Writing and Publishing for Teens

People of all ages want to write stories. Heads bubble over with words that need to get out and be shared. As a teenager, these can provide a great way of letting off creative energy, but how do you go about actually writing and, hopefully, publishing these words into a book?

1: Finding Ideas

Ideas can be found everywhere. From a favourite film, a book, a dream to a chance conversation you happen to overhear. Think about what interests you and your friends and go from there. Sometimes you think of a great title and write your story from there – great, but don’t get too attached to that title because often the story does not turn out the way you expect.

2: Planning and Writing Your Book

Make a plan of what will happen in the story and who the characters will be. Develop your characters so you know their backstory – what happened to them as children, their goals, and what they hope for or are afraid of. Who they are will determine the twists and turns of your plot. Even though they are people you have made up, they often have a mind of their own and do things you never expected them to.  That can be a lot of fun as it makes things happen in your story that even you didn’t expect.

Once you have done this, set aside a regular time to sit down and write. I wrote my first, completed story during my physics class in 11th grade (I am not recommending this! Do your classwork first!). If your book requires research, set aside additional time to do this. Research is important: it gives your book authenticity when your characters delve into a world you aren’t 100% familiar with.

If you get stuck, take a break. A day, a week, but come back to it when you feel refreshed. Sometimes you might get excited about an upcoming scene and need to write it now. Sometimes this works out, but it’s best to just plow through the bits you’re working on to get there. When you get there, it will feel amazing.

Just write. Don’t spend too much time worrying about rewriting or getting something exactly right. Getting bogged down in the detail at this stage prevents you from progressing. There is plenty of time later to find that perfect word or phrase.

3: Editing

Once you’ve got to the end, take a week or two to clear your head, then go back and read what you’ve written. Be ruthless with yourself, fix your grammatical errors, and especially make sure your plot is consistent.

Read it aloud. This helps pick up any problems with pacing and repetition. When you read the words in your head, your brain automatically fills in anything that is missing. Reading it aloud forces you to hear it as you’ve written it.

4: Asking for Reviews

Ask teachers or adults to read and edit it. Your teachers will be thrilled that you’ve taken the initiative to write the book and are generally happy to help you (at least, any teachers you’re likely to ask). Ask your librarian. If you know any adults who specialize in something related to what you’ve written (police officers, doctors, lawyers, etc.), ask them to check it for inaccuracies.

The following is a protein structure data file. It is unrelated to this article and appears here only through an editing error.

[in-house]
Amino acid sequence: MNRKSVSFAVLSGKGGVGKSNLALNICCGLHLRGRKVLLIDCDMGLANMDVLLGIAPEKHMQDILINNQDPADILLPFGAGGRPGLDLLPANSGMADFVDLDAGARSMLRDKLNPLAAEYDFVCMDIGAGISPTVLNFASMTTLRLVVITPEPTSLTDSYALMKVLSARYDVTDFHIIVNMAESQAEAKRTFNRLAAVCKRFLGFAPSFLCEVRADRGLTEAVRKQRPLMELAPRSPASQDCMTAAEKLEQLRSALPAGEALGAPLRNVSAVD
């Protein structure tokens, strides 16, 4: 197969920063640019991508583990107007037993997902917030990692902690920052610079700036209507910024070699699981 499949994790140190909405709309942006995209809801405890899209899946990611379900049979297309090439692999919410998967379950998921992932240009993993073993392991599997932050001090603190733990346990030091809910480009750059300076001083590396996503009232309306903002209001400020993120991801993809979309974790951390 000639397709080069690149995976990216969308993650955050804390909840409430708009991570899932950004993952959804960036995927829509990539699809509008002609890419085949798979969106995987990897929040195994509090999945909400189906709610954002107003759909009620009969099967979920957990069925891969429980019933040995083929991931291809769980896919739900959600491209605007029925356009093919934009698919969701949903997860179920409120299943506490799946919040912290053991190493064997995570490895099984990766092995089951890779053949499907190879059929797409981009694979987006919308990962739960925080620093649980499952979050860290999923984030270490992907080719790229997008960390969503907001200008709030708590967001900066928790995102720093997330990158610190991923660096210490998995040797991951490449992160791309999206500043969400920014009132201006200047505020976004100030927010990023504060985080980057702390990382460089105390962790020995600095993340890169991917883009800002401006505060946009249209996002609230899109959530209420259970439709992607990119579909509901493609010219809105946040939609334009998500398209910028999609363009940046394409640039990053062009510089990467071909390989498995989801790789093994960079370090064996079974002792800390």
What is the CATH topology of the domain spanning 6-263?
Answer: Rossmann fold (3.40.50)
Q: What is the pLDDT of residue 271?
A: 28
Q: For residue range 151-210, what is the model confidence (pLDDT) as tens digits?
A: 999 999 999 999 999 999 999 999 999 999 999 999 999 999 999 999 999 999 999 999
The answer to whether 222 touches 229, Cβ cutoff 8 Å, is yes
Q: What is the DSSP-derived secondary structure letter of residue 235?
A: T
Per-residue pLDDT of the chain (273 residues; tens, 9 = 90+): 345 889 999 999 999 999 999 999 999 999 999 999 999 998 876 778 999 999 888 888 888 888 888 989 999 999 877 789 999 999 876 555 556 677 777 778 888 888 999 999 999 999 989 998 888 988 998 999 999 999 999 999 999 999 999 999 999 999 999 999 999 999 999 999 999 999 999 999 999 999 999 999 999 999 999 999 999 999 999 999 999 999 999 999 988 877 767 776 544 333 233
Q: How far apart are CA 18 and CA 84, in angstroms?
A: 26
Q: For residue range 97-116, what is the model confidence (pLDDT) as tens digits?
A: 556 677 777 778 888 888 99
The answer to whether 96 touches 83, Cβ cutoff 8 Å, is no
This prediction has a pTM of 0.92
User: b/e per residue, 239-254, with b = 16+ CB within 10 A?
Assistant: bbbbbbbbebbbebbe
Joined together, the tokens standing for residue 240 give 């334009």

Ask your friends to read it. The more people who read it, the more feedback you’ll receive.

Sometimes the feedback can be very painful or frustrating. You’ve slaved over your story and now people are telling you everything that’s wrong with it. Try to listen to what they have told you and if the feedback seems right, adapt your story to the changes they suggest. But remember that it’s your story and you have the final decision.

5: Getting the Book Published

If you want to submit your book for traditional publishing, follow all the guidelines of the agents or publishers before you send them a query. Their required formats will be on-line, and are pretty consistent (double-spaced, basic font like Times New Roman, single-sided). They receive a lot of submissions from hopeful authors, and one of the quickest ways to weed them out is to throw away anything that doesn’t meet their stated requirements. Even if you have specific fonts or designs in mind for your book, follow the publisher’s formatting for submission and just tell them what you have in mind. Their requirements are for their ease of reading, not your design.

Keep sending your book out. You will receive a lot of rejections – everyone does.

Keep your cover letters short and to the point – no more than a page. If you are young, say so. They won’t publish you because you are 15, but if they like your story and it isn’t quite to the standard they want, they may be willing to take the time to help develop your writing. Write a short hook, to interest the editor and show them you know how to write a story. Tell them the number of words – most don’t want the full manuscript.

If you want to self-publish, there are a lot of platforms for you to do this, including Amazon’s Kindle. Many are free to use – be wary of any that charge you to publish your book. There are costs involved in self-publishing, such as a cover designer and ISBNs (essential if you want to sell your book), but you shouldn’t need to pay to publish. You can design your cover yourself, or ask an artistic friend to help. Many self-publishing platforms (including Kindle and Create Space) will provide an ISBN for you as part of their service.

And enjoy yourself. Writing is fun and rewarding in itself!